Today’s Sharing Sunday piece is the handiwork of a man that I beat in the early hours of my second nano. Andy Irvine is a uni buddy I met at Flinders University when we were both studying psychology. Would you look at that? He is the author of Affliction and Coercion, in his hit series Psi Novels. Enjoy a snippet of his work.
The Crow. A harbinger of death, a devourer of carrion. In some cultures it was considered a spiritual guide—a messenger—that might deliver one to the afterlife. A sleek, dangerous, creature. In some indigenous tales the crow was considered to be a trickster—that it stole fire—much as Prometheus did. The Australian Aboriginal myths said that a crow stole fire and gave it to mankind, in the process it was scorched by the flames and its feathers were forever blackened. A gift and a price—nothing in this world is free, nothing comes without sacrifice and suffering. Indeed the philosopher Nietzche posited that a man’s suffering, his self-mortification, was what endeared him to the gods for they looked upon pain and hardship and smiled.
Detective Reynolds jiggled his suspect’s handcuffs while he pondered the crows. Thoughts provoked by the young woman’s chosen attire. A black leather jacket emboldened with a crow on the back, its wings stretching out and reaching down the jackets arms. It was sleek, stylish and it made a statement. A statement he was just beginning to understand.
In the last six months the crow imagery had begun to pop up everywhere. At first he—like all the cops—had assumed it was just some new gang sign, a piece of splashy monochromatic graffiti on a street corner. But no group ever took credit, never claimed the sign as their own. A month ago he had helped bust a club where they took in a few known psis; two of the five had worn crows. One as a pin on his jacket, the other as a tattoo on her wrist. Nothing overtly obvious, but they were definitely there. A week ago a couple of delinquents had been rounded up in a park, again they had tested positive for psi and again the crow was there. As graffiti in the park, and as a bracelet one of the girls wore, as a necklace the others shared.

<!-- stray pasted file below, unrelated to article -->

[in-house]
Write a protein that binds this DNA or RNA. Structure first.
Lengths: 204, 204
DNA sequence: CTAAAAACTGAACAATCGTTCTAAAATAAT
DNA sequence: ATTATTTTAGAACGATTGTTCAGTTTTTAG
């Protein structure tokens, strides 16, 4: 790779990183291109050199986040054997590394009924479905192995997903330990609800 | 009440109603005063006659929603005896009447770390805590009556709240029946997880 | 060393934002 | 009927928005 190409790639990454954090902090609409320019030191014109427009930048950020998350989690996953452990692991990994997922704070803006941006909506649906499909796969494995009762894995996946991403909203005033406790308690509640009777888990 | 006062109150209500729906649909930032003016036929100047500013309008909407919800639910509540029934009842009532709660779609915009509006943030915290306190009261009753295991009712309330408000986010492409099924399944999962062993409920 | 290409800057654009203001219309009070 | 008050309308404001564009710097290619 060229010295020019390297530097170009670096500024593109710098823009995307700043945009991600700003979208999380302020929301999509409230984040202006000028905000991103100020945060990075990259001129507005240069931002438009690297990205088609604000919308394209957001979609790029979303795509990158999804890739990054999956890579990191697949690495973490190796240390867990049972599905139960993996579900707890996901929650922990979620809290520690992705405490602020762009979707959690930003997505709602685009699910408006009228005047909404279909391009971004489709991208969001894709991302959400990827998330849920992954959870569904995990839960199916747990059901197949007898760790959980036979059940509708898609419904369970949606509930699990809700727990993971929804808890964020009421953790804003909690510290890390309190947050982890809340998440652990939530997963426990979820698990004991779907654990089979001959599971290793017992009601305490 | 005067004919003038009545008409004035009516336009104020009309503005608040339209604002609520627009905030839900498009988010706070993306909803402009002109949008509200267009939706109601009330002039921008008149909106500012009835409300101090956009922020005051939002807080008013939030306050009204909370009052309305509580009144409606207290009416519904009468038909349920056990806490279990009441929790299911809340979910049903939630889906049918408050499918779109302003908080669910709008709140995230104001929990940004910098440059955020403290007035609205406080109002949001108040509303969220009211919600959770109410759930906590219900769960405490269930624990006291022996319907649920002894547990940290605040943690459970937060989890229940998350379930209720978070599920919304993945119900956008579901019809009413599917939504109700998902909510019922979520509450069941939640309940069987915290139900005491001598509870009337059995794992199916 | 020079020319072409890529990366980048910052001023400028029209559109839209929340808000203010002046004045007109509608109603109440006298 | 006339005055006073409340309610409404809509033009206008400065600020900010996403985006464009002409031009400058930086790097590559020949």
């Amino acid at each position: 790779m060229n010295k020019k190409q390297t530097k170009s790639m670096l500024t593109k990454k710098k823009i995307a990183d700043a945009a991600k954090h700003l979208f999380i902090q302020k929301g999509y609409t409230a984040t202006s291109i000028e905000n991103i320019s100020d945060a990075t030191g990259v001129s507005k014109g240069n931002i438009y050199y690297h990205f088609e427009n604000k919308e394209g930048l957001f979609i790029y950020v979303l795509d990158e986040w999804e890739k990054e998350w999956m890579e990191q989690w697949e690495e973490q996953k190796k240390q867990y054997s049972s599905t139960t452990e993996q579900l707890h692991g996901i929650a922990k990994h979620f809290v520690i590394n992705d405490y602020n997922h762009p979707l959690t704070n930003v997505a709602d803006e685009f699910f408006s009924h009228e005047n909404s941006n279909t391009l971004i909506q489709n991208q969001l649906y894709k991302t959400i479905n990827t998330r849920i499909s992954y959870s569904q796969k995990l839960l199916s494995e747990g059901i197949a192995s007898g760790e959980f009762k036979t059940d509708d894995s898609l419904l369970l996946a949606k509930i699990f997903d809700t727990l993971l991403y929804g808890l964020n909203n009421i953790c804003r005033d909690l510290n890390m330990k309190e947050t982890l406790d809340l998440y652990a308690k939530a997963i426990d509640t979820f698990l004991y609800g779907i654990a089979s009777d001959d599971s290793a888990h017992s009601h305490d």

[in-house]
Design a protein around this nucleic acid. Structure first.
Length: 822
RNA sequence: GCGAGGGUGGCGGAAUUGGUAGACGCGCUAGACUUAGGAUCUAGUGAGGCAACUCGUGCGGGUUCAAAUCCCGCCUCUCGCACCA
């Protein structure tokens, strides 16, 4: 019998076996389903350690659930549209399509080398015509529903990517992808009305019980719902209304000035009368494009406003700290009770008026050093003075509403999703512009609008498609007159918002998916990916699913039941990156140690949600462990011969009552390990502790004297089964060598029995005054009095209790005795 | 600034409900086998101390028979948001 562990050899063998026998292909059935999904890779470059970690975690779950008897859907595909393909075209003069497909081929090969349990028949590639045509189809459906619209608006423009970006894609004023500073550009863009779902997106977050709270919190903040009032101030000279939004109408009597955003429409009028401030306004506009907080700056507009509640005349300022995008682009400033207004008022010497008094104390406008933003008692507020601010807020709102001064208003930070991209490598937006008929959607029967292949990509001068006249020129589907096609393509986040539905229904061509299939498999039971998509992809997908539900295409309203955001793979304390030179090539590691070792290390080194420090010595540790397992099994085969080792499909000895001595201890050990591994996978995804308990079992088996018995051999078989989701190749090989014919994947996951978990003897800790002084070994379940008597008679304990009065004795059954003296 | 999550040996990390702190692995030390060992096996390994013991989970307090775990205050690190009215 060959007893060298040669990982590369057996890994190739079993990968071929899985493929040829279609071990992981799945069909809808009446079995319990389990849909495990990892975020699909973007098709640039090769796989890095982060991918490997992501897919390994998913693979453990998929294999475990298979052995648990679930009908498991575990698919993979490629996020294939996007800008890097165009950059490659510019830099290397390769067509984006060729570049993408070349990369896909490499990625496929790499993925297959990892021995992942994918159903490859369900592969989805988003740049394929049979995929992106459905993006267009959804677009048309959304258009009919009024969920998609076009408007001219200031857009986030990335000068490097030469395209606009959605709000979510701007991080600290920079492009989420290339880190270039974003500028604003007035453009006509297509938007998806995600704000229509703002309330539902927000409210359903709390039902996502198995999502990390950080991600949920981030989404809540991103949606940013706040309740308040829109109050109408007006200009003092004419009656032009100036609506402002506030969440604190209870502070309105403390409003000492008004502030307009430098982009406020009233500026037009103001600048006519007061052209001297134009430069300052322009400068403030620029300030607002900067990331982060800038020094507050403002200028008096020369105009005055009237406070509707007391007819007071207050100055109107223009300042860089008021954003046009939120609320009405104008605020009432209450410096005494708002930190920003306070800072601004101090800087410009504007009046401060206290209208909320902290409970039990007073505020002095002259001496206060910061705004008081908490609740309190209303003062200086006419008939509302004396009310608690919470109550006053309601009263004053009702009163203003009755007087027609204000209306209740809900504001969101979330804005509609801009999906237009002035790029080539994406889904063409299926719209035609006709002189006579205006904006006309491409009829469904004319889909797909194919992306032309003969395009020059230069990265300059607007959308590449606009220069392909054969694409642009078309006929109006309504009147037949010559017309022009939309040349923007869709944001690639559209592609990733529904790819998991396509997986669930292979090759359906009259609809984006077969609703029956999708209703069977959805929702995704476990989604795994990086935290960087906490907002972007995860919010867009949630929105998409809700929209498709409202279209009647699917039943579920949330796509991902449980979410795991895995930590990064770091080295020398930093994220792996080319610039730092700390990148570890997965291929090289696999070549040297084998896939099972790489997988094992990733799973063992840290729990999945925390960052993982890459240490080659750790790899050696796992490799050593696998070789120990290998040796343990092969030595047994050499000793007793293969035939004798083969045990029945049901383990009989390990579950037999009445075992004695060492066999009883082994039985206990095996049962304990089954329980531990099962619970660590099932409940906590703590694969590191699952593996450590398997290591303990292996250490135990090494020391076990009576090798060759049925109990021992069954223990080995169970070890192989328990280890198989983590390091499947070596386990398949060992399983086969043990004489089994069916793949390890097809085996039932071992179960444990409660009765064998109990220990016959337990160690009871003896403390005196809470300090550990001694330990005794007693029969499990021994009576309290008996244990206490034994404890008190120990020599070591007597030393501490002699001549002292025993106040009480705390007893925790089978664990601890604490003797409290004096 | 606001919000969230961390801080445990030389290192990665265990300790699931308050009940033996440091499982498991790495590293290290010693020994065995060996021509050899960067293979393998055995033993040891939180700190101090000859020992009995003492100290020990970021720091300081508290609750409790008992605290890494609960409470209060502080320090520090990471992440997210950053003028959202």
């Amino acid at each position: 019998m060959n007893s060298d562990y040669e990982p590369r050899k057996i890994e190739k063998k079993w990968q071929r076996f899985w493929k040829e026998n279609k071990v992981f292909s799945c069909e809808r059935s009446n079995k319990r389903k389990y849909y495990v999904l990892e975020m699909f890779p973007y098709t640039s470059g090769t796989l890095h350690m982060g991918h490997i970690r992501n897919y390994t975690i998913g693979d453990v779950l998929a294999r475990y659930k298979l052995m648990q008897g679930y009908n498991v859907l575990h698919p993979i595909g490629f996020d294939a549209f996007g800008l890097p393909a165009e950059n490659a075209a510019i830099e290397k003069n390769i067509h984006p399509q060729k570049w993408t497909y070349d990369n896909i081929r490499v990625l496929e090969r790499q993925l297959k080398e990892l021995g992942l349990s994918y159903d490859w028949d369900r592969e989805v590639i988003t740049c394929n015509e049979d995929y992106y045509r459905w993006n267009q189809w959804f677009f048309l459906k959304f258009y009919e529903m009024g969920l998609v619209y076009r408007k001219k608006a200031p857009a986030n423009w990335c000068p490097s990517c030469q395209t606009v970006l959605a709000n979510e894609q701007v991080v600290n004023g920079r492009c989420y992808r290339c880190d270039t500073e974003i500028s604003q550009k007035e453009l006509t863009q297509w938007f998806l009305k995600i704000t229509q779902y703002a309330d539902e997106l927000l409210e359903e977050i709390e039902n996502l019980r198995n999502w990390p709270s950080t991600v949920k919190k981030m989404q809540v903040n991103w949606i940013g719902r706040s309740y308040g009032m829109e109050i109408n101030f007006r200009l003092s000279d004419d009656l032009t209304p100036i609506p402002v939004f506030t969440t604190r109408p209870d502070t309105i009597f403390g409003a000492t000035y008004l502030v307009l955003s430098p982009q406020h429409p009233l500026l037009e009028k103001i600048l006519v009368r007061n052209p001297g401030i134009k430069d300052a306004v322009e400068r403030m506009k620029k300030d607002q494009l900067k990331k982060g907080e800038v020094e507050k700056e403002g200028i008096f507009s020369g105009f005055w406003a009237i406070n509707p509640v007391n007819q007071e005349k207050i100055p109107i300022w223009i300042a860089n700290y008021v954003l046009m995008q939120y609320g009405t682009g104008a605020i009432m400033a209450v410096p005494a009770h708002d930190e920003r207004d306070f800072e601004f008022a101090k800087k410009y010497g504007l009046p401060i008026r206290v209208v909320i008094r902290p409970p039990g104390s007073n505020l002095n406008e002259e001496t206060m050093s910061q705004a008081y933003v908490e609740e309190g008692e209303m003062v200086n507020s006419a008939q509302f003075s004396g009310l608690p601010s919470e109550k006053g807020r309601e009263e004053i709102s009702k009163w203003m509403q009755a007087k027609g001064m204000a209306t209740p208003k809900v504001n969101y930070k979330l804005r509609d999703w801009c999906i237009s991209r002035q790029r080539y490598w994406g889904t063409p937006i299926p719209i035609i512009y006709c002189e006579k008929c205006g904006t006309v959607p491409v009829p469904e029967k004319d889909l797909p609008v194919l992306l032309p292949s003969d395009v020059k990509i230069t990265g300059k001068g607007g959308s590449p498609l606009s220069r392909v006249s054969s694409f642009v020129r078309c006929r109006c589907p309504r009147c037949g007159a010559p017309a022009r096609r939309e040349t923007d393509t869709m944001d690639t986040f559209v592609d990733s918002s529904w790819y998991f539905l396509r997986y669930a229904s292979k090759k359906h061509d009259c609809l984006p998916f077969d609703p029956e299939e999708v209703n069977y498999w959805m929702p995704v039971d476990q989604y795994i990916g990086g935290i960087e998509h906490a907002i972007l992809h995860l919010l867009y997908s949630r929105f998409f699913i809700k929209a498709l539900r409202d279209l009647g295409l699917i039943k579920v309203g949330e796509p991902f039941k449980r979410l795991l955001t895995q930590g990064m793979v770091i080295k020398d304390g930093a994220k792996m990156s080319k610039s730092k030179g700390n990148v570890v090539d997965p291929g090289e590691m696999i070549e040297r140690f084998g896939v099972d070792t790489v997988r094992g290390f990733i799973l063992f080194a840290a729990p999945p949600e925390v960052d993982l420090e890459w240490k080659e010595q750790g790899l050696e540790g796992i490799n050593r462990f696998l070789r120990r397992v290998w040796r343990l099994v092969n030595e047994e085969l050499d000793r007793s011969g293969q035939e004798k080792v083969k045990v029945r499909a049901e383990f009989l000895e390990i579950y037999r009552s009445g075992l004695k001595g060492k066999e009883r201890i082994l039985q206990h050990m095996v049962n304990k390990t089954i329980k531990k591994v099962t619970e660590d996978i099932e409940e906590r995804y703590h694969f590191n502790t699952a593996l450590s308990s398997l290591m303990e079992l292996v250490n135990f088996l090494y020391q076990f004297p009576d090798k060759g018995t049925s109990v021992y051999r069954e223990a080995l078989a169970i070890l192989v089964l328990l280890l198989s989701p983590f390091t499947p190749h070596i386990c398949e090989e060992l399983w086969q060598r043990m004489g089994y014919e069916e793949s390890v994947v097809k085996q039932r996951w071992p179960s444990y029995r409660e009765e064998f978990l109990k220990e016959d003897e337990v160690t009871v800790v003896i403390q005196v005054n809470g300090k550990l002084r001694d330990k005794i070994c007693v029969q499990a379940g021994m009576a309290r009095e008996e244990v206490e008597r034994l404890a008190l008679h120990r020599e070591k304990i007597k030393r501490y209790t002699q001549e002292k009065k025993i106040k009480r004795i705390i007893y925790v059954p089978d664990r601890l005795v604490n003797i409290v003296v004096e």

It could have been coincidence. He doubted it. It was a sign of the psi-afflicted—and it was spreading. Reynolds had reached out to a few other precincts, a couple of cops he knew, and they said the same thing, more of the psis they brought in wore the sign in some shape or form. It was only a minority of the afflicted so far but they were joined by more every day.
Reynolds tapped the key to the cuffs on the steel table; it clinked loudly and the woman—the girl really, she was late teens at best—glared at him. She was wearing a façade of nonchalance, if it wasn’t for the small beads of sweat on her forehead he would have believed it as well.
“Adelaide,” she jumped in, “It’s just Adelaide.”
“Adelaide,” Reynolds started again, “I like your jacket. It’s very… distinctive.”
She smirked, “Distinctive? Really. That’s what you’re going with?”
“Ok,” Reynolds conceded, “Would you like to hear a story Adelaide?”
“Aw shucks, well I do need to be running”—she jangled the cuffs against the table—“but I suppose I can make time in my busy schedule.”